Michigan Sen. John Gleason tried to save the credit ratings of cities that are taken over by an emergency financial manager. Earlier this month, he introduced an amendment that states they “will not have its bond rating downrated.”

The problem? That’s not the government’s call, said Jack McHugh, legislative analyst for the Mackinac Center for Public Policy.

“Municipal bonds’ credit worthiness ratings are provided by independent private agencies over which a state legislature has absolutely no control,” McHugh wrote in an e-mail.

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Gleason, D-Flushing, didn’t return a call seeking comment.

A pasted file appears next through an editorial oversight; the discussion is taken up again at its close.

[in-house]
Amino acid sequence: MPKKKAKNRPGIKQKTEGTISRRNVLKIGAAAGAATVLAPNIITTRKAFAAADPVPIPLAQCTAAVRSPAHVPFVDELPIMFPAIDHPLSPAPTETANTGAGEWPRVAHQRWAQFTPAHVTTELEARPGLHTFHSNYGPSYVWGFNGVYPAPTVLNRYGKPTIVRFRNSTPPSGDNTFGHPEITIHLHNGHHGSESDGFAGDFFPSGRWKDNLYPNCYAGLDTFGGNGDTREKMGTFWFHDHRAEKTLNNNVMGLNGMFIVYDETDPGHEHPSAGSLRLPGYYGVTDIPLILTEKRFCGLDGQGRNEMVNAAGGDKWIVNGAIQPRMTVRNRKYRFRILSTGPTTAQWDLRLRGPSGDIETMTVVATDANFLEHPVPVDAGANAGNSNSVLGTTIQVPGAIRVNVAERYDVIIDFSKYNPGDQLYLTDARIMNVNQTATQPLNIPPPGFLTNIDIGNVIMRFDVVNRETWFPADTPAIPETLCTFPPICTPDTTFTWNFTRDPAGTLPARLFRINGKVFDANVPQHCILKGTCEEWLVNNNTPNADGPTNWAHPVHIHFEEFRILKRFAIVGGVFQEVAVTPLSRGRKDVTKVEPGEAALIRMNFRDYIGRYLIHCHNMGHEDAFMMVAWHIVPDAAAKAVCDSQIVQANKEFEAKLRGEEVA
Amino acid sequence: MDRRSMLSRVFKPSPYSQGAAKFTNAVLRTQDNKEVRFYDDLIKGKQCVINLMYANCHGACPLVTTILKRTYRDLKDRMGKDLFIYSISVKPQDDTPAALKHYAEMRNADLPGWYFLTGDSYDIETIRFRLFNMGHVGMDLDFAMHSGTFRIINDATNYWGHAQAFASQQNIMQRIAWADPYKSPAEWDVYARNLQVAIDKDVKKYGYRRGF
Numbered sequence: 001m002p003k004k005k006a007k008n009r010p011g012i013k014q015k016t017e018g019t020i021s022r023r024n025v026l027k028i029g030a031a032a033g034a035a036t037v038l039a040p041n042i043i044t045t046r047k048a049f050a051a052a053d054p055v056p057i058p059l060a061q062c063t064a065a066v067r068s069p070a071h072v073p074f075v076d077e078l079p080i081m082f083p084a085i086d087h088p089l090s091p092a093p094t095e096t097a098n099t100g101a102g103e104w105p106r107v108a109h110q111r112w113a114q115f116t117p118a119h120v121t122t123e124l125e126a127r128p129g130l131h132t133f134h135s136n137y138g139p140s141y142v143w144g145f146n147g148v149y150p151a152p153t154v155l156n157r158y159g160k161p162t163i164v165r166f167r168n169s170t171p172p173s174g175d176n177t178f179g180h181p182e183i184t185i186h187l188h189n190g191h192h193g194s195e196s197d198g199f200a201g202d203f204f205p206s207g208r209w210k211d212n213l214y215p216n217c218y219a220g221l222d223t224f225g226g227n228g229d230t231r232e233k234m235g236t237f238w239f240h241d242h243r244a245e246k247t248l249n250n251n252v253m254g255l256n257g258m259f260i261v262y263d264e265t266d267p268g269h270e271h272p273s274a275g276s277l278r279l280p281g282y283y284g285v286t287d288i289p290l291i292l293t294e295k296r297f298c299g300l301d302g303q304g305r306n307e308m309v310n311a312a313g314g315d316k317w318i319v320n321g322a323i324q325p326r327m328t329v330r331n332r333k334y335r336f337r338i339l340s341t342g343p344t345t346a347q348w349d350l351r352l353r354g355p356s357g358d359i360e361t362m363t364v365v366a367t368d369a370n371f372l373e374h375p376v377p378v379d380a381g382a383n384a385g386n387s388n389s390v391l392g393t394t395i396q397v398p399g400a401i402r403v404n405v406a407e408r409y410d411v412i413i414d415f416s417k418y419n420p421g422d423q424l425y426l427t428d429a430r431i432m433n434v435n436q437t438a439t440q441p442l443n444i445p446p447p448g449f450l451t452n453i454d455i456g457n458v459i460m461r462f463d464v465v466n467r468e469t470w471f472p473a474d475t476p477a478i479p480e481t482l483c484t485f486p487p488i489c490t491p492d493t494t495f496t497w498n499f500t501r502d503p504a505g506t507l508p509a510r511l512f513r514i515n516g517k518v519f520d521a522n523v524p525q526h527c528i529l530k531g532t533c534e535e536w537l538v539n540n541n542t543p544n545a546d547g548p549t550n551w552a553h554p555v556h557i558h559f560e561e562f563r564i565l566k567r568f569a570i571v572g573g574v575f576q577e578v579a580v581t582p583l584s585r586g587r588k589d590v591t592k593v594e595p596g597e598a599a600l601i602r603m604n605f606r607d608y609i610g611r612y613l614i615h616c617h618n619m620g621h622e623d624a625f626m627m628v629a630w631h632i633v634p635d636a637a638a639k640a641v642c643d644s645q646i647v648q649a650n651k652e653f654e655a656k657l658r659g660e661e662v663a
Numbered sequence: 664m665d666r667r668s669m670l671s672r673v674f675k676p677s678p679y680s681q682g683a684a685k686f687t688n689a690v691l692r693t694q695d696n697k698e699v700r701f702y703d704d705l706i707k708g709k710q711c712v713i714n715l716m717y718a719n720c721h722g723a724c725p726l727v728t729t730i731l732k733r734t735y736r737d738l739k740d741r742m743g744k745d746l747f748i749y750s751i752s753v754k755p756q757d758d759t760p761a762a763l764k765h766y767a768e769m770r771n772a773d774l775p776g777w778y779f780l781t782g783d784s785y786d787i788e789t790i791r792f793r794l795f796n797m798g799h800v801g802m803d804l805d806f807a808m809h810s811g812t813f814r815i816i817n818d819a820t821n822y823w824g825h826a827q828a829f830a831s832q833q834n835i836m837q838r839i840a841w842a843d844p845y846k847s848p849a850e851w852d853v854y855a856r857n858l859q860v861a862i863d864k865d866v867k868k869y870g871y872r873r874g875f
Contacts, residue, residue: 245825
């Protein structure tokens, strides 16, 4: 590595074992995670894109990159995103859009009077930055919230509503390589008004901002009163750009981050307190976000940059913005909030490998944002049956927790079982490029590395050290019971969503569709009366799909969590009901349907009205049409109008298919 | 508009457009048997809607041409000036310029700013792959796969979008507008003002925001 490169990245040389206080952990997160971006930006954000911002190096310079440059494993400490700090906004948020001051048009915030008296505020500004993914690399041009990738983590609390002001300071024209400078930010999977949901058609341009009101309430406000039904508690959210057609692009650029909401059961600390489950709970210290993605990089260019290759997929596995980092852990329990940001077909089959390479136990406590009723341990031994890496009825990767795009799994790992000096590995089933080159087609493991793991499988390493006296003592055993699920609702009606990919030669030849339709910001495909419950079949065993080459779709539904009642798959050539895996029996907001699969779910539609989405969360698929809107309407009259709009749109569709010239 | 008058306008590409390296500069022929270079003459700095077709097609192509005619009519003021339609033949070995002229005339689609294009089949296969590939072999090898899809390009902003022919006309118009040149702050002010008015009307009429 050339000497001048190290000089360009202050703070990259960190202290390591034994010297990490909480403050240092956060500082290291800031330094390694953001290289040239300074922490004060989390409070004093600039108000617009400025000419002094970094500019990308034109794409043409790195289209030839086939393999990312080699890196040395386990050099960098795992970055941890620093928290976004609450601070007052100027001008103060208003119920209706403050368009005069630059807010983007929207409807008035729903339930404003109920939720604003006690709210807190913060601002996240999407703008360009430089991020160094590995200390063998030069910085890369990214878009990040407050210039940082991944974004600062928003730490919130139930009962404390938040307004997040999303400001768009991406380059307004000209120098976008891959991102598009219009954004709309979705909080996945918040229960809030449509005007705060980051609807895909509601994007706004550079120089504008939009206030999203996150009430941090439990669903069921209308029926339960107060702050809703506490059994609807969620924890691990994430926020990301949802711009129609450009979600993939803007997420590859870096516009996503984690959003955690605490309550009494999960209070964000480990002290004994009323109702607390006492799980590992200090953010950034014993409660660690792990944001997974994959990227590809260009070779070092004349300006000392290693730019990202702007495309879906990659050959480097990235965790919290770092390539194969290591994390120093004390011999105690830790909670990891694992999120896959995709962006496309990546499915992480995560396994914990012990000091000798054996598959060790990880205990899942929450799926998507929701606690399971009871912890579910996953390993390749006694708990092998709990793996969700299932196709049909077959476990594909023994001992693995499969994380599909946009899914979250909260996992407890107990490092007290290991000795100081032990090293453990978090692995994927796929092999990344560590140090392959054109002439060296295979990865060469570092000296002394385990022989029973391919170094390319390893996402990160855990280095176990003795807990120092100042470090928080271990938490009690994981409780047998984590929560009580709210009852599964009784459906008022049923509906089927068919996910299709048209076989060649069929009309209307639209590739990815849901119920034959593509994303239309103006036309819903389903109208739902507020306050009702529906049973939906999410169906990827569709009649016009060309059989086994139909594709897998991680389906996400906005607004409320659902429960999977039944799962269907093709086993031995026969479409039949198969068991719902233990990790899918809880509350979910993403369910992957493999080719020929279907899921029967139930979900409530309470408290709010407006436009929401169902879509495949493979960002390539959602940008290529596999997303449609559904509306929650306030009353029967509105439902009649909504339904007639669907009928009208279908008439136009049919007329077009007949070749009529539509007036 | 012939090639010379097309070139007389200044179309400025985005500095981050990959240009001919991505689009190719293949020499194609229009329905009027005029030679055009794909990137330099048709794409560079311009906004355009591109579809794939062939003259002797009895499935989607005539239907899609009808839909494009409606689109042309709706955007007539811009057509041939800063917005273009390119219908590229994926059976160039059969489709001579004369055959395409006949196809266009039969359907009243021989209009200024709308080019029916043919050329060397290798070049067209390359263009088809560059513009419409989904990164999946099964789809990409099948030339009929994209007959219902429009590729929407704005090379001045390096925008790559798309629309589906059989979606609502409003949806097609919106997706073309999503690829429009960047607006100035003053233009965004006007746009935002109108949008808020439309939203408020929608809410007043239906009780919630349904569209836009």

His amendment of March 9 to House Bill 4214 failed by a vote of 26-12.

"This appears to be an example of legislative 'magic thinking,' comparable to the king ordering the tides not to rise,” McHugh wrote in an e-mail. “In this case, the miracle would be for potential lenders looking to put their precious capital at risk — and their agents at independent credit rating agencies — to ignore the messes created by fiscally reckless local government officials now wanting to borrow even more. There's no magic required if local officials want to protect their credit rating; all they have to do hold current spending and future liabilities — including retirement benefits — below expected current and future revenue."